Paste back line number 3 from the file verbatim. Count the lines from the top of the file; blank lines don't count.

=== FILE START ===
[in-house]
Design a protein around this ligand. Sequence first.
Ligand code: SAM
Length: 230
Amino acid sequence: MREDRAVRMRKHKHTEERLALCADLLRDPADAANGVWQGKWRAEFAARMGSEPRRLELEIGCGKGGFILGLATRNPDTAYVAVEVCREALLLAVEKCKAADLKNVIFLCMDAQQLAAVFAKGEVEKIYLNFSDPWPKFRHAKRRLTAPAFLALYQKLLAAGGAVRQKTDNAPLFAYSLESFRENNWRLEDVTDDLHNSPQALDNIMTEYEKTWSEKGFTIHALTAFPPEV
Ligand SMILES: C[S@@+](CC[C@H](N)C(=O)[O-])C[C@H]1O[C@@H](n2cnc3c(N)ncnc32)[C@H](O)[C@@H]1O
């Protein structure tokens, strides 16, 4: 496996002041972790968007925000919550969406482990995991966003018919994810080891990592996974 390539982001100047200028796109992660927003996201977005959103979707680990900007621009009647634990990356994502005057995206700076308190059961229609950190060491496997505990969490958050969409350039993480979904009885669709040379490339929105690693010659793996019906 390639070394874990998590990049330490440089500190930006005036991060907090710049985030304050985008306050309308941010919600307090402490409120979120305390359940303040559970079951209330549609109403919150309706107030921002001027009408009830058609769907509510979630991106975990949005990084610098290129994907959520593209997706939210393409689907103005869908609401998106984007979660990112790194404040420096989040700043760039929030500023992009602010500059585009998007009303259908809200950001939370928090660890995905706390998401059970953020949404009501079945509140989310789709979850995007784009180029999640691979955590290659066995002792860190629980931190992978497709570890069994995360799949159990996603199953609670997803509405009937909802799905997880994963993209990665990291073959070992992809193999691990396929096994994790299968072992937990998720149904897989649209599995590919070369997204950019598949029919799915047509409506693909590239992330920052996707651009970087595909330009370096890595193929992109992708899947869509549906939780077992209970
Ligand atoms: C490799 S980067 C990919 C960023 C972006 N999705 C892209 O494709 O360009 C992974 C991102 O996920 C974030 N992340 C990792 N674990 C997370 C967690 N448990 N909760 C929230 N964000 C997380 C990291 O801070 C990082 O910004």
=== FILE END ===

Ligand code: SAM